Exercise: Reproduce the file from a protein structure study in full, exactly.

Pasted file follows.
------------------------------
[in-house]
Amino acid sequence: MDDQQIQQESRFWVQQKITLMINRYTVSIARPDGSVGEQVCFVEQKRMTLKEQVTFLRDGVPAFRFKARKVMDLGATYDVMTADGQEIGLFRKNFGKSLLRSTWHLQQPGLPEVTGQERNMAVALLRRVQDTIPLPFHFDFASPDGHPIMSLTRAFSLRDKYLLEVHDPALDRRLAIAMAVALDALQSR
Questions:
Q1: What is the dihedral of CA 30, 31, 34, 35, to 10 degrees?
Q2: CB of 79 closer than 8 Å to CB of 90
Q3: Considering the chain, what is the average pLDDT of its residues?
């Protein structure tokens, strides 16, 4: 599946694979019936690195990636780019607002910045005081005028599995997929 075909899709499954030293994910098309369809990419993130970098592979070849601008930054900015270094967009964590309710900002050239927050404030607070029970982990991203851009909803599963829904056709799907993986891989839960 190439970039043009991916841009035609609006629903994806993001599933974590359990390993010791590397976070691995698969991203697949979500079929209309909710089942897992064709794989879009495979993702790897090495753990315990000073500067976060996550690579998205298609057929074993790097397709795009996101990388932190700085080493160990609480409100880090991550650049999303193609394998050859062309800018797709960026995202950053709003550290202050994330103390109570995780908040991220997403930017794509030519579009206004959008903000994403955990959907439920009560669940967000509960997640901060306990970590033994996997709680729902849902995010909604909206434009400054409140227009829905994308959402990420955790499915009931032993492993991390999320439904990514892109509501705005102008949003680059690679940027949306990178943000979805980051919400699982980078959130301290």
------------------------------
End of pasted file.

[in-house]
Amino acid sequence: MDDQQIQQESRFWVQQKITLMINRYTVSIARPDGSVGEQVCFVEQKRMTLKEQVTFLRDGVPAFRFKARKVMDLGATYDVMTADGQEIGLFRKNFGKSLLRSTWHLQQPGLPEVTGQERNMAVALLRRVQDTIPLPFHFDFASPDGHPIMSLTRAFSLRDKYLLEVHDPALDRRLAIAMAVALDALQSR
Questions:
Q1: What is the dihedral of CA 30, 31, 34, 35, to 10 degrees?
Q2: CB of 79 closer than 8 Å to CB of 90
Q3: Considering the chain, what is the average pLDDT of its residues?
């Protein structure tokens, strides 16, 4: 599946694979019936690195990636780019607002910045005081005028599995997929 075909899709499954030293994910098309369809990419993130970098592979070849601008930054900015270094967009964590309710900002050239927050404030607070029970982990991203851009909803599963829904056709799907993986891989839960 190439970039043009991916841009035609609006629903994806993001599933974590359990390993010791590397976070691995698969991203697949979500079929209309909710089942897992064709794989879009495979993702790897090495753990315990000073500067976060996550690579998205298609057929074993790097397709795009996101990388932190700085080493160990609480409100880090991550650049999303193609394998050859062309800018797709960026995202950053709003550290202050994330103390109570995780908040991220997403930017794509030519579009206004959008903000994403955990959907439920009560669940967000509960997640901060306990970590033994996997709680729902849902995010909604909206434009400054409140227009829905994308959402990420955790499915009931032993492993991390999320439904990514892109509501705005102008949003680059690679940027949306990178943000979805980051919400699982980078959130301290």